As you will see, the chromium nitrate spectrum has two main absorption bands; use the spectrum to determine which peak, and hence which lmax, you will use and justify your choice.  This should then be employed for the remainder of the experiment. The lmax value determined will be the fixed λ at  which the rest of the solutions will be measured at. The spectrometer should then be set to your chosen lmax (see a Demonstrator or Technician to change the settings on the spectrophotometer). The absorbance at lmax of all the solutions (except that in the cuvette in position 1, 0.1M) and including the unknown solution should be recorded.  Remember, lmax should not depend upon the concentration of the Cr species.  Summarize your data in an appropriate table.
 
Treatment of results
Plot a calibration curve of absorbance (Y-axis) against concentration (X-axis) for lmax, labelling the axes.  The plot should be linear through the origin, showing that the absorbance is directly proportional to the concentration of the chromium nitrate.  If your plot is not linear, or does not go through the origin, consult a demonstrator or technician.  Use your results to calculate the Molar Decadic Extinction Coefficient of chromium nitrate at lmax (don’t forget to include the units of e!).
 
Determination of an unknown concentration of Cr(NO3)3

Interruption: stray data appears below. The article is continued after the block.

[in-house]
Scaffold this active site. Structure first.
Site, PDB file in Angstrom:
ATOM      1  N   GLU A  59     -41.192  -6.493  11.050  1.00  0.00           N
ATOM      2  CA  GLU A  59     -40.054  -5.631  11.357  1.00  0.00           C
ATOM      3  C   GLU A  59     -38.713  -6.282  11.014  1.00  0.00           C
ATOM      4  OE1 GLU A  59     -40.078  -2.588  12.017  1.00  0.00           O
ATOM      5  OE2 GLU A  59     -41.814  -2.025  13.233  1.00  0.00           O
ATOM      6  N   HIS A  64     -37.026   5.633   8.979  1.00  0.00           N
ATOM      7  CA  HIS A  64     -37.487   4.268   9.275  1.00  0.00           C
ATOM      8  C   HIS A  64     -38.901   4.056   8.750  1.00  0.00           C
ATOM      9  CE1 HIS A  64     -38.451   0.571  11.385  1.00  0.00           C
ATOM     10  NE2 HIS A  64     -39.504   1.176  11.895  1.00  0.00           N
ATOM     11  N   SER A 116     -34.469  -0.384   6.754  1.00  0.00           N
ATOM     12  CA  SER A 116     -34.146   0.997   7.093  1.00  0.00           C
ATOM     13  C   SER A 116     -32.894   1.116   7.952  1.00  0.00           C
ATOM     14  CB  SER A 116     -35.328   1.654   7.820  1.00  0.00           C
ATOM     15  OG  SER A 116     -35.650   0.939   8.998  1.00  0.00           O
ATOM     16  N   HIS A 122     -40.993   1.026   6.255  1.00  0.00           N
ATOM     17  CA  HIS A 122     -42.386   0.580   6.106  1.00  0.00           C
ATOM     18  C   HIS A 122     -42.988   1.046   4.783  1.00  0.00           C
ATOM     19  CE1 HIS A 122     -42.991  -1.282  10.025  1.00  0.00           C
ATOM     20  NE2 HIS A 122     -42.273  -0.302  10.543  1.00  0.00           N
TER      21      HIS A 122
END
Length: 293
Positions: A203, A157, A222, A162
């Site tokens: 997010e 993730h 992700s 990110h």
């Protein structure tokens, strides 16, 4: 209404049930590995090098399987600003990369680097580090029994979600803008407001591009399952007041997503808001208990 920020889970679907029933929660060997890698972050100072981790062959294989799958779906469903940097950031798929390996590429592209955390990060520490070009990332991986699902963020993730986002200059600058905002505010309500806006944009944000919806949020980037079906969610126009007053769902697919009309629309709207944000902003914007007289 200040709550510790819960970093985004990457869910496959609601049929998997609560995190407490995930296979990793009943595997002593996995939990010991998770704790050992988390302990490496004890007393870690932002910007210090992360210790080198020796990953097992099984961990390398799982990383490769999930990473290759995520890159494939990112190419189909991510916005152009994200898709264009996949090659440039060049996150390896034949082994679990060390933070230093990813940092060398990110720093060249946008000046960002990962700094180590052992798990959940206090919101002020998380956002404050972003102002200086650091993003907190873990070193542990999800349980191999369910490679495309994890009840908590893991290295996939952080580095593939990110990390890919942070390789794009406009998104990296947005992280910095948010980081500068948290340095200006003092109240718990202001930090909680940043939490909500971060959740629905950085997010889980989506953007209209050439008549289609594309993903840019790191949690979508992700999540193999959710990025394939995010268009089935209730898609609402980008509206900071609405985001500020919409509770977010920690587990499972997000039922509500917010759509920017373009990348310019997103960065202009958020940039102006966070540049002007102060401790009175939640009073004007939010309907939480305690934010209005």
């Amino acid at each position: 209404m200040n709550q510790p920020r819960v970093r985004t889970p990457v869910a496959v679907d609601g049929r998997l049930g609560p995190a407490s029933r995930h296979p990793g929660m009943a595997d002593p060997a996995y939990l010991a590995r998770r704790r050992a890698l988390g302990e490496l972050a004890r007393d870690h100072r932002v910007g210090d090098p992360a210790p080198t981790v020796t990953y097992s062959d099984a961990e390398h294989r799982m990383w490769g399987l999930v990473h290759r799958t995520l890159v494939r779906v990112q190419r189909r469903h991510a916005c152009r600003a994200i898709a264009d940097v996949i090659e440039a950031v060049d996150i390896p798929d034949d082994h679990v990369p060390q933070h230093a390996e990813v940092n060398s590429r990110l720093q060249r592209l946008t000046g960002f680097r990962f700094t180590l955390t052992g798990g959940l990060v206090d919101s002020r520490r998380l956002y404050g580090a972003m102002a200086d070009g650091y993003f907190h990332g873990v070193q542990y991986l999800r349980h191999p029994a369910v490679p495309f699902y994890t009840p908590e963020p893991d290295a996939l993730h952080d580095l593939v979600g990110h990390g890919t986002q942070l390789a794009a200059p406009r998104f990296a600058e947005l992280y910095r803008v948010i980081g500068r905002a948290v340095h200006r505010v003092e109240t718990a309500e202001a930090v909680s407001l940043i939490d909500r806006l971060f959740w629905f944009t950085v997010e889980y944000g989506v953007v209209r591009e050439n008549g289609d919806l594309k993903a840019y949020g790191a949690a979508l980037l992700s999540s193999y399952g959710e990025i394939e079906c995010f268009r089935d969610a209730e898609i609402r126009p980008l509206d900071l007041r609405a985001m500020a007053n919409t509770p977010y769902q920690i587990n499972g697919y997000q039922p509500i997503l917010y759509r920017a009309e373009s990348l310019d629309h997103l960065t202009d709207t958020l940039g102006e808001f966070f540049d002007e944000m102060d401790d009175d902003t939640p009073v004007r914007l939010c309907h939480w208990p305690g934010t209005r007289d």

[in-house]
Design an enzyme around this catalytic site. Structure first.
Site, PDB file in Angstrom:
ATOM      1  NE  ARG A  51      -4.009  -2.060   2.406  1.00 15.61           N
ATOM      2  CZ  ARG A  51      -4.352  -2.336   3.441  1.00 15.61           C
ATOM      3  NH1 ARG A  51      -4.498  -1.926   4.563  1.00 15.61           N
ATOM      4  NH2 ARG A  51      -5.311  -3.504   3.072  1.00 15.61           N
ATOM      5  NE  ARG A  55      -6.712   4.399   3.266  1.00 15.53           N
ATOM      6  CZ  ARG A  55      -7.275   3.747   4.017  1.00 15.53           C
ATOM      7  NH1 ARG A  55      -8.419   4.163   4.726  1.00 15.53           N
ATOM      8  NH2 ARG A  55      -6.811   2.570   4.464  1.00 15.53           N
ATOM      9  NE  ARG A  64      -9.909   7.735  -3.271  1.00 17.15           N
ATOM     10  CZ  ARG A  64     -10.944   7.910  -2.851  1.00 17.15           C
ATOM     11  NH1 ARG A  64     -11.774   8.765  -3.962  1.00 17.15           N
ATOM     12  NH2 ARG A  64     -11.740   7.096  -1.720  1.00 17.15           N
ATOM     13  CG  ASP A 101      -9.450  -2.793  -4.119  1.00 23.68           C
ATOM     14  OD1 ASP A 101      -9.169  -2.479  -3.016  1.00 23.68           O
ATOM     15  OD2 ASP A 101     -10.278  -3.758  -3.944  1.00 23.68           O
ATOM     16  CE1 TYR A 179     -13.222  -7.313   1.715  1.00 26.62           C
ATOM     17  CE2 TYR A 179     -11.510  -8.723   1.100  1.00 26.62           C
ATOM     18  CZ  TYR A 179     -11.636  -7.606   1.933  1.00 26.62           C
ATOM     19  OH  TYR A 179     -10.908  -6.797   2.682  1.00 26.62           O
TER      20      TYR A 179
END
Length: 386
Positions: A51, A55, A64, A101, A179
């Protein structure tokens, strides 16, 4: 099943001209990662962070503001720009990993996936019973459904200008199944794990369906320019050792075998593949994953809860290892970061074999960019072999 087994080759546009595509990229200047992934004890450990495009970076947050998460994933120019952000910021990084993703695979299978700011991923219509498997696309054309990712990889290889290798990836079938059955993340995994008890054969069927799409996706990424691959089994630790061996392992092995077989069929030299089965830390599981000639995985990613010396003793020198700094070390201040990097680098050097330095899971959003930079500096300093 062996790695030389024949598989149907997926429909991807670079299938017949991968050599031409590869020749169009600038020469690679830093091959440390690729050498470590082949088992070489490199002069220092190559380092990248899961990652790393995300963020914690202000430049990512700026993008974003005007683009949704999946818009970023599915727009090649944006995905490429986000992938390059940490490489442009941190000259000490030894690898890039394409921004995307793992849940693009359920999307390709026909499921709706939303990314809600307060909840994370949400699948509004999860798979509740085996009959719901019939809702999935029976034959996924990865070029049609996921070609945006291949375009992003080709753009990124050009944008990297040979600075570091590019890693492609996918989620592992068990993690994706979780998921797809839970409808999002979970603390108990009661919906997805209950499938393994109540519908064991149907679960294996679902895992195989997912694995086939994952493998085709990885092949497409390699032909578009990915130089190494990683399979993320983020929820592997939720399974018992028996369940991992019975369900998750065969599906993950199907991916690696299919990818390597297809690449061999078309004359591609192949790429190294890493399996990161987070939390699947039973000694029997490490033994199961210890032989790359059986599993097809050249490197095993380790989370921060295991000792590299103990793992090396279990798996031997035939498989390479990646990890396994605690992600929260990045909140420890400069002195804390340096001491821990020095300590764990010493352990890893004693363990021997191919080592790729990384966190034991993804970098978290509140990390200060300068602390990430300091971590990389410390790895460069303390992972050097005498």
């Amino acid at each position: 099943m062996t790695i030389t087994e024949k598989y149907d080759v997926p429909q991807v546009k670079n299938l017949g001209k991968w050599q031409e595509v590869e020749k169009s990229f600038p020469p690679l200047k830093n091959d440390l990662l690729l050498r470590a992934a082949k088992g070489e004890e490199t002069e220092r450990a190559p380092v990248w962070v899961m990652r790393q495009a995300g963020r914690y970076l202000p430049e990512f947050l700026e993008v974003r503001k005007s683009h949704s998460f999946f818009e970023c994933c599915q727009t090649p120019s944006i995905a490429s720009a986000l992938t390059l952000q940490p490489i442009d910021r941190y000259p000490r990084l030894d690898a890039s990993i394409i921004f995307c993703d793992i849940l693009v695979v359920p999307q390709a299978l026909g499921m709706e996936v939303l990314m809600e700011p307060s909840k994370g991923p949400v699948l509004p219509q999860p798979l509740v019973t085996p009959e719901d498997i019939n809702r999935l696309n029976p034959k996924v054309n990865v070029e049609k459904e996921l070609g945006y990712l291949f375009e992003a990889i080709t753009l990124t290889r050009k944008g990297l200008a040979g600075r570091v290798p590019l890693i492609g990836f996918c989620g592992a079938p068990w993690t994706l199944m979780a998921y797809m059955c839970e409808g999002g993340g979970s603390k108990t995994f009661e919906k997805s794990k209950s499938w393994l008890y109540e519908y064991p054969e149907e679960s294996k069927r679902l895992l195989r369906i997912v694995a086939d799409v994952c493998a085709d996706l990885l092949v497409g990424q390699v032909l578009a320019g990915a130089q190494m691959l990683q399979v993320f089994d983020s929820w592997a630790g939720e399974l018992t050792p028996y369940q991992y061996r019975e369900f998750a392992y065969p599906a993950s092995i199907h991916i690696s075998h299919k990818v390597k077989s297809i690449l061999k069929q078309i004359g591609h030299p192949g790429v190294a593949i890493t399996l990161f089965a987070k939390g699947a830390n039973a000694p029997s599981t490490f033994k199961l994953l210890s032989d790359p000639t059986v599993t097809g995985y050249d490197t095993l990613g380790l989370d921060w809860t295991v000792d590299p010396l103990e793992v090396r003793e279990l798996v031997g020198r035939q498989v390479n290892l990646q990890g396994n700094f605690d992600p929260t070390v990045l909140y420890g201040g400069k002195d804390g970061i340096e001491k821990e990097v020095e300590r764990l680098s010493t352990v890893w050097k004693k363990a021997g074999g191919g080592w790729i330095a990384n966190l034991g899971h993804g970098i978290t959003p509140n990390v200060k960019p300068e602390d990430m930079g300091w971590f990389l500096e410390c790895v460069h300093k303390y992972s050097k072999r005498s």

A solution containing Cr(NO3)3 of unknown concentration is provided.  Run a spectrum of the solution (include in your report) and use it to determine the concentration of Cr(NO3)3.
 

  1. Measurement of the kinetics of iodide oxidation.

Aim
The aim of this experiment is to find how the rate of a reaction depends on the concentrations of the reactants. This is known as finding the rate law for the reaction. The reaction you will investigate is the oxidation of iodide by hydrogen peroxide:
 
H2O2 + 3I + 2H3O+ ↔ I3 + 4H2O                 (1)
 
Experimental procedure
Writing the rate law as:
Rate = k[H2O2]L[I]M[H3O+]N
-d[H2O2] = k[H2O2]L[I]M[H3O+]N     (2)
 
The procedure you will use involves measuring the concentration of I3 as it is formed by reaction (1).  I3 is determined spectrophotometrically. The absorbance is measured at the lmax of I3 at 350 nm, where I3 is the only absorbing species.   The concentration of I3 is calculated from absorbance according to: